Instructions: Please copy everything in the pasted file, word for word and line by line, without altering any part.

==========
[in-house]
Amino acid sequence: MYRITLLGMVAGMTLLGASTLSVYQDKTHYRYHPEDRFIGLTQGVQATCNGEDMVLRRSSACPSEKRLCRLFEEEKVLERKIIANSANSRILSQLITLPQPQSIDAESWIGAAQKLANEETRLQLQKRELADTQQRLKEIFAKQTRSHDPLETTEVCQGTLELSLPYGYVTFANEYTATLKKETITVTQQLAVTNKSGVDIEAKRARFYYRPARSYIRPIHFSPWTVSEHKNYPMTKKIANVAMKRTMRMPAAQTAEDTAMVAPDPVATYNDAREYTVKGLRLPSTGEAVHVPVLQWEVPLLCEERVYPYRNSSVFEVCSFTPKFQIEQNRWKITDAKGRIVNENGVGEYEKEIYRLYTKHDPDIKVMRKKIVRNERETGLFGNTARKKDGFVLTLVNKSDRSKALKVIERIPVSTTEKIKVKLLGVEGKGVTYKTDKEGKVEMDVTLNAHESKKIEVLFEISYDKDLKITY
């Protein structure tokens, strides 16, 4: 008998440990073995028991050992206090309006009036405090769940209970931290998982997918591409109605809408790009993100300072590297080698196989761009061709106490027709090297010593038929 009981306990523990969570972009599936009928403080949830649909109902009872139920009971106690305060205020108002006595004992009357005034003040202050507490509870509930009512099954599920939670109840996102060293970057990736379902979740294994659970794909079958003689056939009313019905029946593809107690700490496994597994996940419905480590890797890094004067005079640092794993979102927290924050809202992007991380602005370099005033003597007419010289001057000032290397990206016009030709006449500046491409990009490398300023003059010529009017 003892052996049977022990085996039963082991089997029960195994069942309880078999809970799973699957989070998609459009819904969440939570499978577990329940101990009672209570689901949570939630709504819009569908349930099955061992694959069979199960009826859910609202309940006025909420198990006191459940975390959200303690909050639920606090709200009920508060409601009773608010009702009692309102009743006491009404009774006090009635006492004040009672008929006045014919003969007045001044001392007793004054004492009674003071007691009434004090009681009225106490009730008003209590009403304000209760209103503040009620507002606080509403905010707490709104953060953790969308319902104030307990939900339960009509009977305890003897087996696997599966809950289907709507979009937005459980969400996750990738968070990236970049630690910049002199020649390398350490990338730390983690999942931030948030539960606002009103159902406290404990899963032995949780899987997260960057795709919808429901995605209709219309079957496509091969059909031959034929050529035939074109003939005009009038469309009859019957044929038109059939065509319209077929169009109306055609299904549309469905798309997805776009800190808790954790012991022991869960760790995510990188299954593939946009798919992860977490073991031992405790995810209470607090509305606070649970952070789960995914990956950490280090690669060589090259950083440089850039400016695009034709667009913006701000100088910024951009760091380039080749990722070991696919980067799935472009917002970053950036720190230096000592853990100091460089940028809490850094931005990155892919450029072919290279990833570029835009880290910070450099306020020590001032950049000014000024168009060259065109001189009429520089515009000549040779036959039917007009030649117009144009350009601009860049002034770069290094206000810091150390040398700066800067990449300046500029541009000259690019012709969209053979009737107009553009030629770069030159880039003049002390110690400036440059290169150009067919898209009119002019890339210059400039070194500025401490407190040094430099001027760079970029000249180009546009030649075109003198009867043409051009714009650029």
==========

[in-house]
Amino acid sequence: MYRITLLGMVAGMTLLGASTLSVYQDKTHYRYHPEDRFIGLTQGVQATCNGEDMVLRRSSACPSEKRLCRLFEEEKVLERKIIANSANSRILSQLITLPQPQSIDAESWIGAAQKLANEETRLQLQKRELADTQQRLKEIFAKQTRSHDPLETTEVCQGTLELSLPYGYVTFANEYTATLKKETITVTQQLAVTNKSGVDIEAKRARFYYRPARSYIRPIHFSPWTVSEHKNYPMTKKIANVAMKRTMRMPAAQTAEDTAMVAPDPVATYNDAREYTVKGLRLPSTGEAVHVPVLQWEVPLLCEERVYPYRNSSVFEVCSFTPKFQIEQNRWKITDAKGRIVNENGVGEYEKEIYRLYTKHDPDIKVMRKKIVRNERETGLFGNTARKKDGFVLTLVNKSDRSKALKVIERIPVSTTEKIKVKLLGVEGKGVTYKTDKEGKVEMDVTLNAHESKKIEVLFEISYDKDLKITY
């Protein structure tokens, strides 16, 4: 008998440990073995028991050992206090309006009036405090769940209970931290998982997918591409109605809408790009993100300072590297080698196989761009061709106490027709090297010593038929 009981306990523990969570972009599936009928403080949830649909109902009872139920009971106690305060205020108002006595004992009357005034003040202050507490509870509930009512099954599920939670109840996102060293970057990736379902979740294994659970794909079958003689056939009313019905029946593809107690700490496994597994996940419905480590890797890094004067005079640092794993979102927290924050809202992007991380602005370099005033003597007419010289001057000032290397990206016009030709006449500046491409990009490398300023003059010529009017 003892052996049977022990085996039963082991089997029960195994069942309880078999809970799973699957989070998609459009819904969440939570499978577990329940101990009672209570689901949570939630709504819009569908349930099955061992694959069979199960009826859910609202309940006025909420198990006191459940975390959200303690909050639920606090709200009920508060409601009773608010009702009692309102009743006491009404009774006090009635006492004040009672008929006045014919003969007045001044001392007793004054004492009674003071007691009434004090009681009225106490009730008003209590009403304000209760209103503040009620507002606080509403905010707490709104953060953790969308319902104030307990939900339960009509009977305890003897087996696997599966809950289907709507979009937005459980969400996750990738968070990236970049630690910049002199020649390398350490990338730390983690999942931030948030539960606002009103159902406290404990899963032995949780899987997260960057795709919808429901995605209709219309079957496509091969059909031959034929050529035939074109003939005009009038469309009859019957044929038109059939065509319209077929169009109306055609299904549309469905798309997805776009800190808790954790012991022991869960760790995510990188299954593939946009798919992860977490073991031992405790995810209470607090509305606070649970952070789960995914990956950490280090690669060589090259950083440089850039400016695009034709667009913006701000100088910024951009760091380039080749990722070991696919980067799935472009917002970053950036720190230096000592853990100091460089940028809490850094931005990155892919450029072919290279990833570029835009880290910070450099306020020590001032950049000014000024168009060259065109001189009429520089515009000549040779036959039917007009030649117009144009350009601009860049002034770069290094206000810091150390040398700066800067990449300046500029541009000259690019012709969209053979009737107009553009030629770069030159880039003049002390110690400036440059290169150009067919898209009119002019890339210059400039070194500025401490407190040094430099001027760079970029000249180009546009030649075109003198009867043409051009714009650029």